If You Haven’t Tried ‘Melting Potatoes’ Yet, You Are Seriously Missing Out
Oh wow, these sound incredible.
There are umpteen ways to cook a potato: fried, baked, mashed and boiled, just to name a few of the classics. But now “melting potatoes,” the latest Pinterest-sourced food craze, has given us a unique way to cook up a side of spuds that is both deliciously indulgent and simple to make.
While relatively unknown in the U.S., melting potatoes have apparently been popular in Europe for a long time, where they’re known as fondant potatoes. Like many other delicious foods, we might have the French to thank for pommes fondant, as they call them.
In recent years, American food bloggers seem to have discovered fondant potatoes and restyled them as melting potatoes. From there, recipes for melting potatoes began popping up on Pinterest, which resulted in websites like Real Simple and Delish singing the praises of this “new” Pinterest food trend.
How To Make Melting Potatoes
No matter what you call them, the process of making melting—or fondant—potatoes is the same.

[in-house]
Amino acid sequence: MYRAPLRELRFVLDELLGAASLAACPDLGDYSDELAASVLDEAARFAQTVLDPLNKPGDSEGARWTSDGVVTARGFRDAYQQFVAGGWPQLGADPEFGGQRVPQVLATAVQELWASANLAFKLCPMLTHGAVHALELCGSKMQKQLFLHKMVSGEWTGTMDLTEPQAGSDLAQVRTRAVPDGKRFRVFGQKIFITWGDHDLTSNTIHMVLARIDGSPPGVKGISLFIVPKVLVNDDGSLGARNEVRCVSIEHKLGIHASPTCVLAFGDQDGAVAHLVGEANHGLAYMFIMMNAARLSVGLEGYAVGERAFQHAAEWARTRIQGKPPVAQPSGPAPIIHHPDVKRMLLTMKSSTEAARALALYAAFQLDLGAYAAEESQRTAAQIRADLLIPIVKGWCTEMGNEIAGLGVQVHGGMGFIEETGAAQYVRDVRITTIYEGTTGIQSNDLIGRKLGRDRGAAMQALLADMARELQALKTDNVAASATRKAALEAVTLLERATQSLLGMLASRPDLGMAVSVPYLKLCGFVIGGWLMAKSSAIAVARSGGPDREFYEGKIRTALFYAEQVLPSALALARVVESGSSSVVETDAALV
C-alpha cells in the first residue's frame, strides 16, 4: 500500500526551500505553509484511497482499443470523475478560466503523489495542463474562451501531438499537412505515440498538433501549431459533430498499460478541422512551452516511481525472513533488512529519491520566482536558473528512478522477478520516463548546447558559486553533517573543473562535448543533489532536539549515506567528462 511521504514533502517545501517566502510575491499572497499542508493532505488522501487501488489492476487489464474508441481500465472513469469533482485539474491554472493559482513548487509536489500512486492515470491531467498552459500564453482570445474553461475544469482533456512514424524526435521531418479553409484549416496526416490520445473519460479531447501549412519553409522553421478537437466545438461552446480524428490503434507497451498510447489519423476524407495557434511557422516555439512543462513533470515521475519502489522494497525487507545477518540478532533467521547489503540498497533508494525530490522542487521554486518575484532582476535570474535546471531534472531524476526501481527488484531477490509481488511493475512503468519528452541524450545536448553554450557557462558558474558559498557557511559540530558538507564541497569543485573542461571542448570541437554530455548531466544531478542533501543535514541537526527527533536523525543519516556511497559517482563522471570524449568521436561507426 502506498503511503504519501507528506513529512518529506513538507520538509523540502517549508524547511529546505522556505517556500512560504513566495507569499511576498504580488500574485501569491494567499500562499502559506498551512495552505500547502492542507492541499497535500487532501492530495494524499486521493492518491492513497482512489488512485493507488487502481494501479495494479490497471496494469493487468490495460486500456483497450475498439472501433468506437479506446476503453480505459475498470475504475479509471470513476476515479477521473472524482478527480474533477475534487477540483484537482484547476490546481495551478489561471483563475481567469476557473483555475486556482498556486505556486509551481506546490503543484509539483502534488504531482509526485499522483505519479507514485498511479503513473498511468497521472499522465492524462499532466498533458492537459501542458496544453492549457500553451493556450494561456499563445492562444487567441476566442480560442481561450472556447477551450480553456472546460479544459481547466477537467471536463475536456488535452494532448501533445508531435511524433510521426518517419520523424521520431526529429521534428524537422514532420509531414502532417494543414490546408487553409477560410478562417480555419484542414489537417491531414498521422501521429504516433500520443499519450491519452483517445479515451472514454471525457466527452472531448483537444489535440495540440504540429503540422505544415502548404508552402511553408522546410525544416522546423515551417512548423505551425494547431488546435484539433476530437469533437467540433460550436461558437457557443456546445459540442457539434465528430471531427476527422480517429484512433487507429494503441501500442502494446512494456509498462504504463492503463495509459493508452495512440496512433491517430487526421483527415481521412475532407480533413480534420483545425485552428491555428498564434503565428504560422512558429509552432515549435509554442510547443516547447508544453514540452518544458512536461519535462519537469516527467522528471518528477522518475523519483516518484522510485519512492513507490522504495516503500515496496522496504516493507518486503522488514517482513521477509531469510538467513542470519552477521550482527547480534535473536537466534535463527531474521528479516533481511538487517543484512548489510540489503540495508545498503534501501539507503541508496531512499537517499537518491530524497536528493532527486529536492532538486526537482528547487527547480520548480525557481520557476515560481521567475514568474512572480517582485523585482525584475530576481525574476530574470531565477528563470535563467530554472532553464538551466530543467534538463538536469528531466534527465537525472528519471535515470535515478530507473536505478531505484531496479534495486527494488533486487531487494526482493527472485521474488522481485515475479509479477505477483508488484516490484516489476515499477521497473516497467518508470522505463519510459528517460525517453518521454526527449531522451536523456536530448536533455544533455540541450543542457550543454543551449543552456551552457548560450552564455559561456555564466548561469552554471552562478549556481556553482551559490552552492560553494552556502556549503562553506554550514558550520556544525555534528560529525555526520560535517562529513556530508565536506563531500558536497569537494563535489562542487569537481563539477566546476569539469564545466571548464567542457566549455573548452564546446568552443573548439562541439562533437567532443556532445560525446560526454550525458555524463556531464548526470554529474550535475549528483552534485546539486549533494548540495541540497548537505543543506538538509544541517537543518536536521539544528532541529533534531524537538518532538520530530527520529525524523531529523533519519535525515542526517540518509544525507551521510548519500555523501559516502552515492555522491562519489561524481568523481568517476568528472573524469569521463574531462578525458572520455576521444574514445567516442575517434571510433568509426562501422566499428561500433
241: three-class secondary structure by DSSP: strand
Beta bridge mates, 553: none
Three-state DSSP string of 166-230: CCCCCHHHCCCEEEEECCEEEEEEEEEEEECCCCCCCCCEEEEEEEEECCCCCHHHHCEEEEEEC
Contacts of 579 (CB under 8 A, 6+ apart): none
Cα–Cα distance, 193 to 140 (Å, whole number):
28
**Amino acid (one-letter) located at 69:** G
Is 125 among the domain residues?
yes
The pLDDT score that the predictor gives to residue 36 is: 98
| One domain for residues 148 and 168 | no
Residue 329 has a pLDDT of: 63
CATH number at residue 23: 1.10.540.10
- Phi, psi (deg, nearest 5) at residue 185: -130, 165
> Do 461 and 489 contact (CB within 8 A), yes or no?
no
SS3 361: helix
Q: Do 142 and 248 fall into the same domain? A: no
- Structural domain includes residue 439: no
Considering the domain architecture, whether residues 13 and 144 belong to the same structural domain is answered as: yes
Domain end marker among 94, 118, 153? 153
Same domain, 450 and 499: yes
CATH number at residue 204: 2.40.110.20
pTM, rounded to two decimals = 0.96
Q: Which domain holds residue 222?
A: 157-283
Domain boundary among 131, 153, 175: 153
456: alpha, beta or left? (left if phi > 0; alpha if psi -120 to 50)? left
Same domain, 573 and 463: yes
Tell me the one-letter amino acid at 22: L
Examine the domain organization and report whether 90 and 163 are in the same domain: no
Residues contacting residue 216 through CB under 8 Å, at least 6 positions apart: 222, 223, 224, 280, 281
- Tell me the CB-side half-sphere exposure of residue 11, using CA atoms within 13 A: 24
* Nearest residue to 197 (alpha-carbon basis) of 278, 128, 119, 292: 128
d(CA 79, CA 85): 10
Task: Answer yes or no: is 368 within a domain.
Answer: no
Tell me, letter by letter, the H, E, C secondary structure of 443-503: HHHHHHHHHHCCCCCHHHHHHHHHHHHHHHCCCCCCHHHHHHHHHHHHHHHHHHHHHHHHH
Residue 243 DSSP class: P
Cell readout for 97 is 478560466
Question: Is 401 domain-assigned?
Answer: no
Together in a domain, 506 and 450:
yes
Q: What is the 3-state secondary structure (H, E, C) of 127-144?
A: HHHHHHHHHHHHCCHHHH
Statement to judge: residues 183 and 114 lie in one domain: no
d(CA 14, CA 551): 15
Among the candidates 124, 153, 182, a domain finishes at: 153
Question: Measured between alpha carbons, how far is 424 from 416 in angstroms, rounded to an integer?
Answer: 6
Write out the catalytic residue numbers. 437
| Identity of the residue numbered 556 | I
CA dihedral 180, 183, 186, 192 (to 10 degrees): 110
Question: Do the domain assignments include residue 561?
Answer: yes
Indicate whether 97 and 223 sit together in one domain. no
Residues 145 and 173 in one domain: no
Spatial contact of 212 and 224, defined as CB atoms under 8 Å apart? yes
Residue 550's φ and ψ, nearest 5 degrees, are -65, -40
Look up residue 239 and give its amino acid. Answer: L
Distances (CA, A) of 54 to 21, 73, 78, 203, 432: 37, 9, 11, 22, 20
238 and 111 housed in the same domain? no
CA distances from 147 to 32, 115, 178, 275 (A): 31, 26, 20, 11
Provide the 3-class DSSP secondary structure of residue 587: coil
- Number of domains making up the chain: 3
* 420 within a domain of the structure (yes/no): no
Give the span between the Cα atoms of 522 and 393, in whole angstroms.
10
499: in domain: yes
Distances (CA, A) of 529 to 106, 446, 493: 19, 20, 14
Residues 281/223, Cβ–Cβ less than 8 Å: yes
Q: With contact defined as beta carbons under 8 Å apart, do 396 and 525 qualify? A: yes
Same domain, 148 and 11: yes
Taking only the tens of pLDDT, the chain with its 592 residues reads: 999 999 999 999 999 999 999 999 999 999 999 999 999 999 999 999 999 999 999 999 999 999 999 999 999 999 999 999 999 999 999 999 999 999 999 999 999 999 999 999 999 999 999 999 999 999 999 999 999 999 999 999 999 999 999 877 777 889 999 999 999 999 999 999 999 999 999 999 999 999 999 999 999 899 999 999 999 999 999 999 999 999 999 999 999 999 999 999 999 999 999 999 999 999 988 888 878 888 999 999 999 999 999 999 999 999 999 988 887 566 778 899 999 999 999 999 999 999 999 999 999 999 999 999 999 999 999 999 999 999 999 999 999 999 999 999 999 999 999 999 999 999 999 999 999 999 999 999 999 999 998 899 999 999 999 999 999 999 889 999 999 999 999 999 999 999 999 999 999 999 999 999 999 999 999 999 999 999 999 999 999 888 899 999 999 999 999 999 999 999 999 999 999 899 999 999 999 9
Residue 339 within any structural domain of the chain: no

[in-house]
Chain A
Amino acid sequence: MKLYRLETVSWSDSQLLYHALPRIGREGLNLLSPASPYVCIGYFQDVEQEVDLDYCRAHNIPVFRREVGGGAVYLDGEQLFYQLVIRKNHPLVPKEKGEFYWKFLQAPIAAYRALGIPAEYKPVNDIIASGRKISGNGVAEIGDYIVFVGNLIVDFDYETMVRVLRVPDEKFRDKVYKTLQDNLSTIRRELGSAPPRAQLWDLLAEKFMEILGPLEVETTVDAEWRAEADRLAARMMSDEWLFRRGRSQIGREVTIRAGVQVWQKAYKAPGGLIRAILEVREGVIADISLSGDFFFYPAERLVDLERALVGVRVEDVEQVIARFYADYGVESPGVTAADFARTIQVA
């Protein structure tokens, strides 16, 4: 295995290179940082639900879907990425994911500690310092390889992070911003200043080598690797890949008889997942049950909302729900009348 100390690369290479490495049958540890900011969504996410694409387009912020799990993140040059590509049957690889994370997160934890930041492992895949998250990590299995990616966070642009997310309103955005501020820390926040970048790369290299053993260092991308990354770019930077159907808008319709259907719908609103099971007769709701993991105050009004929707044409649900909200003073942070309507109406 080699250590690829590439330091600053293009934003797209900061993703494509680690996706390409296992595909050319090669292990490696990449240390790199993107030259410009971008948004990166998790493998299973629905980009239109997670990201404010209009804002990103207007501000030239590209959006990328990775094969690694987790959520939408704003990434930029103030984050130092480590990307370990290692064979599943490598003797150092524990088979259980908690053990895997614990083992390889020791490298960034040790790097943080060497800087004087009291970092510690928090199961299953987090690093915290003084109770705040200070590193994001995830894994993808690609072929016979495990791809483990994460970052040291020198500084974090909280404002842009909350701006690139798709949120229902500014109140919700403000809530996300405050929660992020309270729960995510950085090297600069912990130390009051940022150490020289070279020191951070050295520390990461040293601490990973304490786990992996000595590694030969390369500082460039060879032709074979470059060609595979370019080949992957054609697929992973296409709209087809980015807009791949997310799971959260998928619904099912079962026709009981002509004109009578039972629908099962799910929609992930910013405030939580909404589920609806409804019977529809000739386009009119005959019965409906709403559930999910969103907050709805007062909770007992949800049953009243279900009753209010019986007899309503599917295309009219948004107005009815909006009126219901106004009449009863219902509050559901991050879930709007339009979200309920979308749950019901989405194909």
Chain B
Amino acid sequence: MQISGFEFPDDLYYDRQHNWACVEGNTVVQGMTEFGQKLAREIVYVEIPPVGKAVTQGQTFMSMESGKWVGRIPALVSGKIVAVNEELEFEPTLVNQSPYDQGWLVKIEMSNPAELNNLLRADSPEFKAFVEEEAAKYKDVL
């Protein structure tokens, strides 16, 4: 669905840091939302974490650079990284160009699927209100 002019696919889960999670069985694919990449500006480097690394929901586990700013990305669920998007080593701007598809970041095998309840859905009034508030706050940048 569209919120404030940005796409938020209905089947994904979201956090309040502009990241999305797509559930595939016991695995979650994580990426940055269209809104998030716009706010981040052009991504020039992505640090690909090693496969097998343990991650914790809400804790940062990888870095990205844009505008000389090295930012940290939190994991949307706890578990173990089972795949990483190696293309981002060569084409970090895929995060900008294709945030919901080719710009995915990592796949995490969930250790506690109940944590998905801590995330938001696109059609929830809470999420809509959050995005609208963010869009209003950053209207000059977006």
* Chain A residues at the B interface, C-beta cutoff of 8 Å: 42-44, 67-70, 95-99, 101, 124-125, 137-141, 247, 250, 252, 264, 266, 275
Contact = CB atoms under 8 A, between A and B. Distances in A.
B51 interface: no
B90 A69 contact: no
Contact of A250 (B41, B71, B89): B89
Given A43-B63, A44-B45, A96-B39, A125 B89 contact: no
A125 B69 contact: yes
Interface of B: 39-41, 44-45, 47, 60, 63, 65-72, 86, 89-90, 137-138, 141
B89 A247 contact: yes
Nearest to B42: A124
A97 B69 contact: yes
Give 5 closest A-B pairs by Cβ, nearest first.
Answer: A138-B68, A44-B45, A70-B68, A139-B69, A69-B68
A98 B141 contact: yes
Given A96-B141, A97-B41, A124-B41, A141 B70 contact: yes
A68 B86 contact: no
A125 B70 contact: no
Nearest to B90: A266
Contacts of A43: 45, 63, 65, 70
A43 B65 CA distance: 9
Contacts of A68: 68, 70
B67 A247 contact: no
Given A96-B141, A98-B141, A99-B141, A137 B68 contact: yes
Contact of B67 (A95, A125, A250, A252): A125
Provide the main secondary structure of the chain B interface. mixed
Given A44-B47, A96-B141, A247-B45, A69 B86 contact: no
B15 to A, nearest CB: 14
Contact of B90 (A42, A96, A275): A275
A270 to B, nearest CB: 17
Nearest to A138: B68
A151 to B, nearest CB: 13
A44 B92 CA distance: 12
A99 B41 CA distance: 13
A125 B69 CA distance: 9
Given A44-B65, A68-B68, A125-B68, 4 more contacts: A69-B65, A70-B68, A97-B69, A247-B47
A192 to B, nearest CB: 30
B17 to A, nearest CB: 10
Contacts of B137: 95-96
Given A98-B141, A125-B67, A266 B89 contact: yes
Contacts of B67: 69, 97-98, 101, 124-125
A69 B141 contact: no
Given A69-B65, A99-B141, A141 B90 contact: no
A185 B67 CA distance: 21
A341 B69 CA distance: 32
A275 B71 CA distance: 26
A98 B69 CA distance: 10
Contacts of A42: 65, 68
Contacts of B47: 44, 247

First, you cut a pound of potatoes into similarly sized cylinder shapes and coat them in a mixture of melted butter and herbs. From there, you roast your spuds at 500 degrees for about 30 to 45 minutes, flipping them at least once, until both sides are a nice brown color.
However, the secret to the recipe is finishing off the potatoes with a broth and garlic sauce during the last 15 minutes of roasting, which gives the spuds a unique taste and texture. Most recipes calls for chicken broth, but if you prefer, you can use beef broth or make the recipe vegetarian by using vegetable broth instead.
Tips For Making Melting Potatoes
While Pinterest food hacks can be very hit or miss, melting potatoes are nearly foolproof to make. The important thing is to make sure you cut your potatoes at least one inch thick. (It’s easy to underestimate how wide an inch is, so it might be a good idea to use a ruler.) You also want to make sure that you use a metal pan, as glassware could easily break at such high heat.
The end result is a potato that is thick and crispy on the outside but creamy on the inside—perfect as an accompaniment to a protein or served as a snack with ketchup or frites sauce.
Check out this recipe from Cook’s Country for the full list of ingredients and directions needed to make melting potatoes.
As the French would say, bon appetit!